William Eichler 01 December 2016

Children in care suffer ‘educational gap’ in primary school

Children in care suffer ‘educational gap’ in primary school image

Children in care are falling ‘well behind’ children in the general population before they even get to primary school, new research reveals - and this gap widens throughout their schooling.

A new report by researchers from the University of Oxford and the Family and Childcare Trust has found only 18% of children in care go on to achieve five GCSEs at grade C or above compared with the national average of 64%.

The study, entitled Starting out right: early education and looked after children, also discovered the take-up of free early education places for two, three and four year olds is at least 14% lower among children in care than for children not in care.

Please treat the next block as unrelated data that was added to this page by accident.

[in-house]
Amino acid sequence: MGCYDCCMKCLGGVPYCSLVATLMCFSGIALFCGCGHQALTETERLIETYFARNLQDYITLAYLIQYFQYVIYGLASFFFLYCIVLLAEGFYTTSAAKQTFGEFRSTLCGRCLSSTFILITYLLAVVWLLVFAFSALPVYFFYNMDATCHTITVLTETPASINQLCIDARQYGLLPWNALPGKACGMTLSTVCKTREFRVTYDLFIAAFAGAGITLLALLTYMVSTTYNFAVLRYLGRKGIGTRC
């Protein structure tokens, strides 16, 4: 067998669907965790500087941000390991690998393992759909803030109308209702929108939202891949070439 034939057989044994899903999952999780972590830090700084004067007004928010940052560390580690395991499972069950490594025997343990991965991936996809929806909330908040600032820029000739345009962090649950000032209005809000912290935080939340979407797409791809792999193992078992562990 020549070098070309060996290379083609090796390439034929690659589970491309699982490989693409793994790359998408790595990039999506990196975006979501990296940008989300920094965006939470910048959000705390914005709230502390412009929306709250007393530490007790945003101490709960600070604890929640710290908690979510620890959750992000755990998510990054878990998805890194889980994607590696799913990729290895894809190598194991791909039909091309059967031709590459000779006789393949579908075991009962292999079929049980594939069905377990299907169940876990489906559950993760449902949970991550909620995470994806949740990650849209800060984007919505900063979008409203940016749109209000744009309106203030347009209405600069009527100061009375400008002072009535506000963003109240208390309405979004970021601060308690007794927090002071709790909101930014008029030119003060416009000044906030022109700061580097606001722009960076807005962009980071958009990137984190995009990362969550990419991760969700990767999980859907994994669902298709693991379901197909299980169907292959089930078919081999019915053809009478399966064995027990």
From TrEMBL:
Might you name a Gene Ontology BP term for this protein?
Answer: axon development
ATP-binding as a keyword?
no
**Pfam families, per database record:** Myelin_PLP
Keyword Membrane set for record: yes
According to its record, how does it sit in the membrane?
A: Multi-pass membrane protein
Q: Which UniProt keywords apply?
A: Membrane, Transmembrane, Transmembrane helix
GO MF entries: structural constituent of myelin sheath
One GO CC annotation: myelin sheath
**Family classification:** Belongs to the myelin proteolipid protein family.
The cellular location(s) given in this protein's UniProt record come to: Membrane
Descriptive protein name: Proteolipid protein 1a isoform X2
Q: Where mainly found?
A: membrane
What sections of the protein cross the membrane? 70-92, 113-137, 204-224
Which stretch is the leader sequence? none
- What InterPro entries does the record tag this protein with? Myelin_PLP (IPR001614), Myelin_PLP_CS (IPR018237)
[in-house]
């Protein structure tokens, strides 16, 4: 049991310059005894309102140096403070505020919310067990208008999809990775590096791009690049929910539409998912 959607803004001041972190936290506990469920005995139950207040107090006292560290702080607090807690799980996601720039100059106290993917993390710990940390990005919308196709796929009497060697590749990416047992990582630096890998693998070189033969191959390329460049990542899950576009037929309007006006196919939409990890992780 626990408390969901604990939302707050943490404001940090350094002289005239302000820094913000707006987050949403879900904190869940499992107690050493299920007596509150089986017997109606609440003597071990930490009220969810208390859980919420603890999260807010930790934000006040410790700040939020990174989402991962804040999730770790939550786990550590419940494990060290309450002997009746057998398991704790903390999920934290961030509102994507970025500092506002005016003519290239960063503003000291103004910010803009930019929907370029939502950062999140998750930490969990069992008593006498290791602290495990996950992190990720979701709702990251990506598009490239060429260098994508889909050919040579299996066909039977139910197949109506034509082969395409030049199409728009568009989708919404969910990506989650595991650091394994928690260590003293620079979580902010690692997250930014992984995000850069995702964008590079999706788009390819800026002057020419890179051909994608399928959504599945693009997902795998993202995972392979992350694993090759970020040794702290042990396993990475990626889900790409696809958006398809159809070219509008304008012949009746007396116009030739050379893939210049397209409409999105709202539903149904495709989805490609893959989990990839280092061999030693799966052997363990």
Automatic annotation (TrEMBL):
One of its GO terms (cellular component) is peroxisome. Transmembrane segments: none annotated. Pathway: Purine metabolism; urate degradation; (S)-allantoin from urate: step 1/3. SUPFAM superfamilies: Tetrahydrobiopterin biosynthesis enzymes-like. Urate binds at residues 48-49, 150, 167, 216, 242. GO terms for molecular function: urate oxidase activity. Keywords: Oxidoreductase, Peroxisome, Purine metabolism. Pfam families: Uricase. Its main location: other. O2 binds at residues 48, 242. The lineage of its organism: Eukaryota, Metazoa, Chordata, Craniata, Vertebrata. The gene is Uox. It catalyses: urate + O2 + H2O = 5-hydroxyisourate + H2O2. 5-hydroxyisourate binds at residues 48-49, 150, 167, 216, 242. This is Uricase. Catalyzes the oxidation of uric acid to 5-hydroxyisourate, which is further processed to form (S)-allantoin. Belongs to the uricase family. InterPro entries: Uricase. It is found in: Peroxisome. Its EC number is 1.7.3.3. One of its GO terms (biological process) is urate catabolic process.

The authors of the report called on local authorities to be made legally responsible for the early years education of children in care, and also said there should be better data monitoring on whether children in care are receiving free, high quality early education.

Some councils, the researchers argued, are doing a lot to promote the early education of looked after children through ‘virtual schools’, a team of teachers and dedicated education professionals who work to support the education of children in care. However, they said this was not happening consistently in all areas.

Claire Harding, head of research at the Family and Childcare Trust, said: ‘Opportunities to close this educational gap are being missed due to a policy blind spot.

‘We call on the Government to make sure that looked after children have access to high quality early education that boosts their outcomes and life chances. This means bringing together existing services for looked after children and early education services to prioritise the issue and track progress.

‘We need to join the dots to stop vulnerable children slipping between the gaps.’

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